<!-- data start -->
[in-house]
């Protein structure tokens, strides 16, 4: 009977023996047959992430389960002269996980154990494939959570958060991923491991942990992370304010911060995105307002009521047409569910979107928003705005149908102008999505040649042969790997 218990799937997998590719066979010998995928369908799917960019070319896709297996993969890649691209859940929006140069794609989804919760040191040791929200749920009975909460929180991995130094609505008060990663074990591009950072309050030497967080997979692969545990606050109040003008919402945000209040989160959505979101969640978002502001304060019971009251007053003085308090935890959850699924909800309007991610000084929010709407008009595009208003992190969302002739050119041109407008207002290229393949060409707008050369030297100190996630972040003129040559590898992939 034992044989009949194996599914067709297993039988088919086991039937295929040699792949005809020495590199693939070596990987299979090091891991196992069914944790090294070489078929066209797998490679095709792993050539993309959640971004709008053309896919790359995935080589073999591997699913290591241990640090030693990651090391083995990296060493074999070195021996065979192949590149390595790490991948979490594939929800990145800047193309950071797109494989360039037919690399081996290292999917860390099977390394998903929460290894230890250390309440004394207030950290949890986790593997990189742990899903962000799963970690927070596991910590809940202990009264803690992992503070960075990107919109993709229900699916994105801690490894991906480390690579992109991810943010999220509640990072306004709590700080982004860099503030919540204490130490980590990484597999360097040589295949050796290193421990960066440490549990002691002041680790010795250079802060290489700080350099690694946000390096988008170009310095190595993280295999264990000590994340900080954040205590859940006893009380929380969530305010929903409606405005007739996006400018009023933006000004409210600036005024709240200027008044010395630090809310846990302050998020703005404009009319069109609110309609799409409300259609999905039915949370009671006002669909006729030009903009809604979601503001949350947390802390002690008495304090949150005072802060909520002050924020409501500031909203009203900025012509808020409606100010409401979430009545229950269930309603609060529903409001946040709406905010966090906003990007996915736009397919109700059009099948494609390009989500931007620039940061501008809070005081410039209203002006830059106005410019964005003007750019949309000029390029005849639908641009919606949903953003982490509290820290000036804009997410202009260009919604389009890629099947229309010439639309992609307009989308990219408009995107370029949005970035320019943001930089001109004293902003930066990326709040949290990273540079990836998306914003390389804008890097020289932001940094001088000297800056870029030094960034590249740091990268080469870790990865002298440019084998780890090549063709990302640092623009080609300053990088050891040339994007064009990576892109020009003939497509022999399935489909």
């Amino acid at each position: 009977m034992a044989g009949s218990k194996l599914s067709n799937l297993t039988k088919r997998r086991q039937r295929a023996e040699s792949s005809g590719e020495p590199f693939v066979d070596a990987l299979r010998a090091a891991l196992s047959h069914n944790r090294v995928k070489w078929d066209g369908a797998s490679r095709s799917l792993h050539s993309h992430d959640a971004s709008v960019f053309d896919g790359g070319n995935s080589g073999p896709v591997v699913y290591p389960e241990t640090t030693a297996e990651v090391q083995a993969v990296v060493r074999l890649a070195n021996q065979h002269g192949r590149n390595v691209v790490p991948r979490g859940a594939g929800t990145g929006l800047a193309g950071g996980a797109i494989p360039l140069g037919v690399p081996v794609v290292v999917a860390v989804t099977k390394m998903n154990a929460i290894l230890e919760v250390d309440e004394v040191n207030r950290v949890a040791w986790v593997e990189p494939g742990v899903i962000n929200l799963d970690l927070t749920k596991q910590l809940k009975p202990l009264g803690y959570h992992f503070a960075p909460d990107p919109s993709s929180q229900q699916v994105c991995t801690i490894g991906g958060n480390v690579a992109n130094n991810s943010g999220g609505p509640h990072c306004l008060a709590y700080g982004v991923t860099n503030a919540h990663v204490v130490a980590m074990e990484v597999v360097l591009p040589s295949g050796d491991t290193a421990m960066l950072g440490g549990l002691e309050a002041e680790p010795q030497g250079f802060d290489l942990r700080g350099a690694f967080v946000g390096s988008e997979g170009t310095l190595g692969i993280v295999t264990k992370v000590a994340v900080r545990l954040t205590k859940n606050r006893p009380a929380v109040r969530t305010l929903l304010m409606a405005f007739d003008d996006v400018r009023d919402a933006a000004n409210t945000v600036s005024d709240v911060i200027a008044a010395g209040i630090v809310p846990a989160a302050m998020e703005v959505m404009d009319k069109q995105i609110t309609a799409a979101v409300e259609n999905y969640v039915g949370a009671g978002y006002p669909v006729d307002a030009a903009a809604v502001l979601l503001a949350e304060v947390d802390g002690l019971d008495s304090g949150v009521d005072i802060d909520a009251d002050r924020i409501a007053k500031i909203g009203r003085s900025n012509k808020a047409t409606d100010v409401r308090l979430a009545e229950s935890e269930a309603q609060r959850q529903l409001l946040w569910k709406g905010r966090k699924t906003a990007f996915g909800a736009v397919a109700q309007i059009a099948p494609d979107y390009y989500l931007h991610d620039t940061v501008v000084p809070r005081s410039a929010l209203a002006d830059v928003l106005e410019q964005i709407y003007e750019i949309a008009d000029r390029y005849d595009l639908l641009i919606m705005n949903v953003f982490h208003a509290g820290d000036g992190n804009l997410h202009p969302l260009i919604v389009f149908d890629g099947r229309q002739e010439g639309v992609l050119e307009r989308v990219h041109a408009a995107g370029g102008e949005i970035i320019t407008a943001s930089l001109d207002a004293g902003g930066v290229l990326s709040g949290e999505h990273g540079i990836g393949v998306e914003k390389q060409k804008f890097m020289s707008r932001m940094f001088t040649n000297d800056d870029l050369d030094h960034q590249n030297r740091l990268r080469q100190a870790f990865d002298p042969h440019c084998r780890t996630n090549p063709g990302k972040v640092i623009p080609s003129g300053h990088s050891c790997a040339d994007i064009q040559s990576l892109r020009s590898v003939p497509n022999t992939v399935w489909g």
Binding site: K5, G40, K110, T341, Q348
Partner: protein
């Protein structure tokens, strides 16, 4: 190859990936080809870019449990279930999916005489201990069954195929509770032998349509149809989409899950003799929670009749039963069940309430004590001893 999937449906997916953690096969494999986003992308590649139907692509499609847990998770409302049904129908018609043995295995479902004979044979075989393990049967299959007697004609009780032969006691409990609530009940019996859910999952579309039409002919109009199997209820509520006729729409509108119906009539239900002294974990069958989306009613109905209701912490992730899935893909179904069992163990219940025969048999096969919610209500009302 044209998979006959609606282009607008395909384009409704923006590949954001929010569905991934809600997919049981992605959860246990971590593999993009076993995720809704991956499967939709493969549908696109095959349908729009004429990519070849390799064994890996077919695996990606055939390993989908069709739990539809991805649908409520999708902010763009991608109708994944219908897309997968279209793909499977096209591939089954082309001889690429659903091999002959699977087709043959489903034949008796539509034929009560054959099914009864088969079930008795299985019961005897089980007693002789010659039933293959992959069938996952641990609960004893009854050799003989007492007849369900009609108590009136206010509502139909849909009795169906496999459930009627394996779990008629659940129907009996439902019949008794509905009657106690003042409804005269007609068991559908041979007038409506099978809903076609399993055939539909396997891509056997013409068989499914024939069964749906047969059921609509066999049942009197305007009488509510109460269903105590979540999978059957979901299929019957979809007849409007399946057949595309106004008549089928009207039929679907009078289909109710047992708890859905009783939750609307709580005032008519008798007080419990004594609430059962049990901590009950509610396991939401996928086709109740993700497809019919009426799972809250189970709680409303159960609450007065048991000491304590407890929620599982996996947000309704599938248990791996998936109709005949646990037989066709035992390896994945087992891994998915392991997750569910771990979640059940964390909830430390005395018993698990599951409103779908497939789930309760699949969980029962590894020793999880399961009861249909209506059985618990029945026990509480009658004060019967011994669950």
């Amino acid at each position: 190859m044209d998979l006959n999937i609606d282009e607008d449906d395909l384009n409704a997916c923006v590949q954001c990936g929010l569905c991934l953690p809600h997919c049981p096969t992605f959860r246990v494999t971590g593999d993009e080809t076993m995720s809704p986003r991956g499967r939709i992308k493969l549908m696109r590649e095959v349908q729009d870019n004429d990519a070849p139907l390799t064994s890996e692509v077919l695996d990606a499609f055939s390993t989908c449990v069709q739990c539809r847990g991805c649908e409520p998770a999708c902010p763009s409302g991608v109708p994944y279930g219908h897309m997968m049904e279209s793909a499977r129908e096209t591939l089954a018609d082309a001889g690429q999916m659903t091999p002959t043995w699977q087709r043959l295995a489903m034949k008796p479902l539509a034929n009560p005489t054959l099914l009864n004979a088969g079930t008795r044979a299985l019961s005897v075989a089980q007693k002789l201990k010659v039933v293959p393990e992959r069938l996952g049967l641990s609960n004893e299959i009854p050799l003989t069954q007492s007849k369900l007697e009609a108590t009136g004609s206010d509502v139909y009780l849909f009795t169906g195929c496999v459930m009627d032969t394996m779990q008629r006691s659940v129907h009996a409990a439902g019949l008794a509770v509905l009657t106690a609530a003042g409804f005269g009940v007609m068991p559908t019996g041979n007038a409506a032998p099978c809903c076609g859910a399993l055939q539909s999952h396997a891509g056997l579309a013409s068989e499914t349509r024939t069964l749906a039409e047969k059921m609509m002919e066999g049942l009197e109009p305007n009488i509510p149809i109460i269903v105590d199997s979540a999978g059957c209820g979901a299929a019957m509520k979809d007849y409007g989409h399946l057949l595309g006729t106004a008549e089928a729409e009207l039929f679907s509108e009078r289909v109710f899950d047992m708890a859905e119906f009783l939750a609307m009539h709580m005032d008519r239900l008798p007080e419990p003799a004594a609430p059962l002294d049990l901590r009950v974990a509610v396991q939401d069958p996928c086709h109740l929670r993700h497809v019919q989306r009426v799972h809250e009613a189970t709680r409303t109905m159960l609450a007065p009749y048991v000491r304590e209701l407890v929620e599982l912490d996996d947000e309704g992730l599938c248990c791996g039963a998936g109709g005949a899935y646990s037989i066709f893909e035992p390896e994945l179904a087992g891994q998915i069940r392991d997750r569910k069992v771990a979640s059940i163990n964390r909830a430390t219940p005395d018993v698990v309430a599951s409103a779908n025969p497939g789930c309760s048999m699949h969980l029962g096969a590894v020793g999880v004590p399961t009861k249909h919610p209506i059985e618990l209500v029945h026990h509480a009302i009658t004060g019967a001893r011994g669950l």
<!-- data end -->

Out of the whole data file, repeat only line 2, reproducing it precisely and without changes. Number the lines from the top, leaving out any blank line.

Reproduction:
């Protein structure tokens, strides 16, 4: 009977023996047959992430389960002269996980154990494939959570958060991923491991942990992370304010911060995105307002009521047409569910979107928003705005149908102008999505040649042969790997 218990799937997998590719066979010998995928369908799917960019070319896709297996993969890649691209859940929006140069794609989804919760040191040791929200749920009975909460929180991995130094609505008060990663074990591009950072309050030497967080997979692969545990606050109040003008919402945000209040989160959505979101969640978002502001304060019971009251007053003085308090935890959850699924909800309007991610000084929010709407008009595009208003992190969302002739050119041109407008207002290229393949060409707008050369030297100190996630972040003129040559590898992939 034992044989009949194996599914067709297993039988088919086991039937295929040699792949005809020495590199693939070596990987299979090091891991196992069914944790090294070489078929066209797998490679095709792993050539993309959640971004709008053309896919790359995935080589073999591997699913290591241990640090030693990651090391083995990296060493074999070195021996065979192949590149390595790490991948979490594939929800990145800047193309950071797109494989360039037919690399081996290292999917860390099977390394998903929460290894230890250390309440004394207030950290949890986790593997990189742990899903962000799963970690927070596991910590809940202990009264803690992992503070960075990107919109993709229900699916994105801690490894991906480390690579992109991810943010999220509640990072306004709590700080982004860099503030919540204490130490980590990484597999360097040589295949050796290193421990960066440490549990002691002041680790010795250079802060290489700080350099690694946000390096988008170009310095190595993280295999264990000590994340900080954040205590859940006893009380929380969530305010929903409606405005007739996006400018009023933006000004409210600036005024709240200027008044010395630090809310846990302050998020703005404009009319069109609110309609799409409300259609999905039915949370009671006002669909006729030009903009809604979601503001949350947390802390002690008495304090949150005072802060909520002050924020409501500031909203009203900025012509808020409606100010409401979430009545229950269930309603609060529903409001946040709406905010966090906003990007996915736009397919109700059009099948494609390009989500931007620039940061501008809070005081410039209203002006830059106005410019964005003007750019949309000029390029005849639908641009919606949903953003982490509290820290000036804009997410202009260009919604389009890629099947229309010439639309992609307009989308990219408009995107370029949005970035320019943001930089001109004293902003930066990326709040949290990273540079990836998306914003390389804008890097020289932001940094001088000297800056870029030094960034590249740091990268080469870790990865002298440019084998780890090549063709990302640092623009080609300053990088050891040339994007064009990576892109020009003939497509022999399935489909």